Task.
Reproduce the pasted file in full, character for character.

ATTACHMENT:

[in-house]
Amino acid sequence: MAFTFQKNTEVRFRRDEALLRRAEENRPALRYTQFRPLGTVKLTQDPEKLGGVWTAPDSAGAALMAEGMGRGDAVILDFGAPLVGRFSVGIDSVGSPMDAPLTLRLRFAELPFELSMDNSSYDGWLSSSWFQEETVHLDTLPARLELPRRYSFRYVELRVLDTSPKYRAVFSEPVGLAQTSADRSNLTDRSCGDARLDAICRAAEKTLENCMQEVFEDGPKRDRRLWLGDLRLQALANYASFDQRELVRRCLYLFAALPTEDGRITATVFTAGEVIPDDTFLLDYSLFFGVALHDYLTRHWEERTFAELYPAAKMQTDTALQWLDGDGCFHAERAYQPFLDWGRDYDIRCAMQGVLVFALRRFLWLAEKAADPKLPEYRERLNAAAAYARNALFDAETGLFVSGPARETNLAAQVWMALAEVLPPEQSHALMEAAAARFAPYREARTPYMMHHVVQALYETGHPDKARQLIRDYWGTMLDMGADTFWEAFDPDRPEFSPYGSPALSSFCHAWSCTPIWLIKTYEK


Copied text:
[in-house]
Amino acid sequence: MAFTFQKNTEVRFRRDEALLRRAEENRPALRYTQFRPLGTVKLTQDPEKLGGVWTAPDSAGAALMAEGMGRGDAVILDFGAPLVGRFSVGIDSVGSPMDAPLTLRLRFAELPFELSMDNSSYDGWLSSSWFQEETVHLDTLPARLELPRRYSFRYVELRVLDTSPKYRAVFSEPVGLAQTSADRSNLTDRSCGDARLDAICRAAEKTLENCMQEVFEDGPKRDRRLWLGDLRLQALANYASFDQRELVRRCLYLFAALPTEDGRITATVFTAGEVIPDDTFLLDYSLFFGVALHDYLTRHWEERTFAELYPAAKMQTDTALQWLDGDGCFHAERAYQPFLDWGRDYDIRCAMQGVLVFALRRFLWLAEKAADPKLPEYRERLNAAAAYARNALFDAETGLFVSGPARETNLAAQVWMALAEVLPPEQSHALMEAAAARFAPYREARTPYMMHHVVQALYETGHPDKARQLIRDYWGTMLDMGADTFWEAFDPDRPEFSPYGSPALSSFCHAWSCTPIWLIKTYEK